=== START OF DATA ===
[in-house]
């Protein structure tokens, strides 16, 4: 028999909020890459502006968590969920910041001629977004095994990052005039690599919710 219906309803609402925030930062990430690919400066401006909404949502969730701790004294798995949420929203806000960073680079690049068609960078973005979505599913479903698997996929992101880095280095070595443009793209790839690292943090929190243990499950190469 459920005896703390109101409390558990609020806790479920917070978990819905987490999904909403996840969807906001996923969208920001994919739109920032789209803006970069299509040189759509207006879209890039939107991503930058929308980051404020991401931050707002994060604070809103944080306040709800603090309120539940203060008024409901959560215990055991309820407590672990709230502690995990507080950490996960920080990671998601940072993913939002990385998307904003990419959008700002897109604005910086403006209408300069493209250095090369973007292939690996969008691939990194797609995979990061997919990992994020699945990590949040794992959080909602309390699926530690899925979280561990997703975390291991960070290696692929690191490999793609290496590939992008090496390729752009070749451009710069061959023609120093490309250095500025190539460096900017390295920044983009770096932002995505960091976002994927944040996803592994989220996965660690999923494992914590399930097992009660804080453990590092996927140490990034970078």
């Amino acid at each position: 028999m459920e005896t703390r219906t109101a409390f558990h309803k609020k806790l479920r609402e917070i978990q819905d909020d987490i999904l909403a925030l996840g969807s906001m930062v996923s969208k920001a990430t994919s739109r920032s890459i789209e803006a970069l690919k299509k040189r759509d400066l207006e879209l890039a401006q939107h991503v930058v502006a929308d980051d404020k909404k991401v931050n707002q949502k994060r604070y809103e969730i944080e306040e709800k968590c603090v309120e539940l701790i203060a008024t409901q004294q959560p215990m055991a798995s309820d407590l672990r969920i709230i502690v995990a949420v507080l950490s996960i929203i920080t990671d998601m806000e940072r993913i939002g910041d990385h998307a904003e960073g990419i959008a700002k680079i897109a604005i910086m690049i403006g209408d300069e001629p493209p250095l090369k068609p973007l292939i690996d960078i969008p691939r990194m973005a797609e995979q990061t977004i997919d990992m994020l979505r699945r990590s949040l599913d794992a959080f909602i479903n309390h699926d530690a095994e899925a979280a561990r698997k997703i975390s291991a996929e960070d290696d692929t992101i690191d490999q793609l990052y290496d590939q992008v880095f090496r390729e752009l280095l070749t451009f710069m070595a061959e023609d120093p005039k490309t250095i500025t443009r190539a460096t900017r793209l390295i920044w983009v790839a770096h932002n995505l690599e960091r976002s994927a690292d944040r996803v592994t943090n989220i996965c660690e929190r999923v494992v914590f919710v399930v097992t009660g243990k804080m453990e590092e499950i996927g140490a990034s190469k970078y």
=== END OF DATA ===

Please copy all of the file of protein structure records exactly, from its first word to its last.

[in-house]
């Protein structure tokens, strides 16, 4: 028999909020890459502006968590969920910041001629977004095994990052005039690599919710 219906309803609402925030930062990430690919400066401006909404949502969730701790004294798995949420929203806000960073680079690049068609960078973005979505599913479903698997996929992101880095280095070595443009793209790839690292943090929190243990499950190469 459920005896703390109101409390558990609020806790479920917070978990819905987490999904909403996840969807906001996923969208920001994919739109920032789209803006970069299509040189759509207006879209890039939107991503930058929308980051404020991401931050707002994060604070809103944080306040709800603090309120539940203060008024409901959560215990055991309820407590672990709230502690995990507080950490996960920080990671998601940072993913939002990385998307904003990419959008700002897109604005910086403006209408300069493209250095090369973007292939690996969008691939990194797609995979990061997919990992994020699945990590949040794992959080909602309390699926530690899925979280561990997703975390291991960070290696692929690191490999793609290496590939992008090496390729752009070749451009710069061959023609120093490309250095500025190539460096900017390295920044983009770096932002995505960091976002994927944040996803592994989220996965660690999923494992914590399930097992009660804080453990590092996927140490990034970078």
């Amino acid at each position: 028999m459920e005896t703390r219906t109101a409390f558990h309803k609020k806790l479920r609402e917070i978990q819905d909020d987490i999904l909403a925030l996840g969807s906001m930062v996923s969208k920001a990430t994919s739109r920032s890459i789209e803006a970069l690919k299509k040189r759509d400066l207006e879209l890039a401006q939107h991503v930058v502006a929308d980051d404020k909404k991401v931050n707002q949502k994060r604070y809103e969730i944080e306040e709800k968590c603090v309120e539940l701790i203060a008024t409901q004294q959560p215990m055991a798995s309820d407590l672990r969920i709230i502690v995990a949420v507080l950490s996960i929203i920080t990671d998601m806000e940072r993913i939002g910041d990385h998307a904003e960073g990419i959008a700002k680079i897109a604005i910086m690049i403006g209408d300069e001629p493209p250095l090369k068609p973007l292939i690996d960078i969008p691939r990194m973005a797609e995979q990061t977004i997919d990992m994020l979505r699945r990590s949040l599913d794992a959080f909602i479903n309390h699926d530690a095994e899925a979280a561990r698997k997703i975390s291991a996929e960070d290696d692929t992101i690191d490999q793609l990052y290496d590939q992008v880095f090496r390729e752009l280095l070749t451009f710069m070595a061959e023609d120093p005039k490309t250095i500025t443009r190539a460096t900017r793209l390295i920044w983009v790839a770096h932002n995505l690599e960091r976002s994927a690292d944040r996803v592994t943090n989220i996965c660690e929190r999923v494992v914590f919710v399930v097992t009660g243990k804080m453990e590092e499950i996927g140490a990034s190469k970078y």